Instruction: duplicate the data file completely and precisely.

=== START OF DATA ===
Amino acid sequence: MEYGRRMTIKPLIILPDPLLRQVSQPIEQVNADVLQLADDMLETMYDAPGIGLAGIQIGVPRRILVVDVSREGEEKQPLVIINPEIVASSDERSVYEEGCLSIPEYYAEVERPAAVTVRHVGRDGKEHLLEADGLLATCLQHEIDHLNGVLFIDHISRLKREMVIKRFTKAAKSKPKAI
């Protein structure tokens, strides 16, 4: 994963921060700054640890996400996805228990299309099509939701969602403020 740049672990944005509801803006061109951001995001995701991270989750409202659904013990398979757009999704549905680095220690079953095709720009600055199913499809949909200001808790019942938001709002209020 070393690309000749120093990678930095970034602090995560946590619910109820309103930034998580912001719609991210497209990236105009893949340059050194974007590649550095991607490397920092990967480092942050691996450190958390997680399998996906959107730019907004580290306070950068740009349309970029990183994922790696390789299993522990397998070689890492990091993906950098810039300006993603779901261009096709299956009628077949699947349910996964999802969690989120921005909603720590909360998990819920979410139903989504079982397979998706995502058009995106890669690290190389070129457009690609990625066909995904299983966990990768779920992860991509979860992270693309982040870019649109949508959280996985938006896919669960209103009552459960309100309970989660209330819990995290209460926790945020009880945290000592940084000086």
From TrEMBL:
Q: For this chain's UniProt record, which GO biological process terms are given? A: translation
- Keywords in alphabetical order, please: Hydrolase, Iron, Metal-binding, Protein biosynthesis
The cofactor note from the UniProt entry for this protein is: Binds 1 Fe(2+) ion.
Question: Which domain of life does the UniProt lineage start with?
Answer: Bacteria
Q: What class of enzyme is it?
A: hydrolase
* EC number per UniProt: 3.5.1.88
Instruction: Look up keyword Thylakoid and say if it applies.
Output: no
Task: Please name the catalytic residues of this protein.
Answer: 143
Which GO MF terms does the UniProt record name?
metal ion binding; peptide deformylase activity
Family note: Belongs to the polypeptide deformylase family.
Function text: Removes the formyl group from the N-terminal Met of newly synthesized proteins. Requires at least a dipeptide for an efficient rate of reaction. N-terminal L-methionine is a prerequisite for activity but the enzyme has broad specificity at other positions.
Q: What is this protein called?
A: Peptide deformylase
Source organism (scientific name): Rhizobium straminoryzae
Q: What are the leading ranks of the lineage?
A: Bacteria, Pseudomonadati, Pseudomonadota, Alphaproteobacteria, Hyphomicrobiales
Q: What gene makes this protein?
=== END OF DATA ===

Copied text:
Amino acid sequence: MEYGRRMTIKPLIILPDPLLRQVSQPIEQVNADVLQLADDMLETMYDAPGIGLAGIQIGVPRRILVVDVSREGEEKQPLVIINPEIVASSDERSVYEEGCLSIPEYYAEVERPAAVTVRHVGRDGKEHLLEADGLLATCLQHEIDHLNGVLFIDHISRLKREMVIKRFTKAAKSKPKAI
């Protein structure tokens, strides 16, 4: 994963921060700054640890996400996805228990299309099509939701969602403020 740049672990944005509801803006061109951001995001995701991270989750409202659904013990398979757009999704549905680095220690079953095709720009600055199913499809949909200001808790019942938001709002209020 070393690309000749120093990678930095970034602090995560946590619910109820309103930034998580912001719609991210497209990236105009893949340059050194974007590649550095991607490397920092990967480092942050691996450190958390997680399998996906959107730019907004580290306070950068740009349309970029990183994922790696390789299993522990397998070689890492990091993906950098810039300006993603779901261009096709299956009628077949699947349910996964999802969690989120921005909603720590909360998990819920979410139903989504079982397979998706995502058009995106890669690290190389070129457009690609990625066909995904299983966990990768779920992860991509979860992270693309982040870019649109949508959280996985938006896919669960209103009552459960309100309970989660209330819990995290209460926790945020009880945290000592940084000086």
From TrEMBL:
Q: For this chain's UniProt record, which GO biological process terms are given? A: translation
- Keywords in alphabetical order, please: Hydrolase, Iron, Metal-binding, Protein biosynthesis
The cofactor note from the UniProt entry for this protein is: Binds 1 Fe(2+) ion.
Question: Which domain of life does the UniProt lineage start with?
Answer: Bacteria
Q: What class of enzyme is it?
A: hydrolase
* EC number per UniProt: 3.5.1.88
Instruction: Look up keyword Thylakoid and say if it applies.
Output: no
Task: Please name the catalytic residues of this protein.
Answer: 143
Which GO MF terms does the UniProt record name?
metal ion binding; peptide deformylase activity
Family note: Belongs to the polypeptide deformylase family.
Function text: Removes the formyl group from the N-terminal Met of newly synthesized proteins. Requires at least a dipeptide for an efficient rate of reaction. N-terminal L-methionine is a prerequisite for activity but the enzyme has broad specificity at other positions.
Q: What is this protein called?
A: Peptide deformylase
Source organism (scientific name): Rhizobium straminoryzae
Q: What are the leading ranks of the lineage?
A: Bacteria, Pseudomonadati, Pseudomonadota, Alphaproteobacteria, Hyphomicrobiales
Q: What gene makes this protein?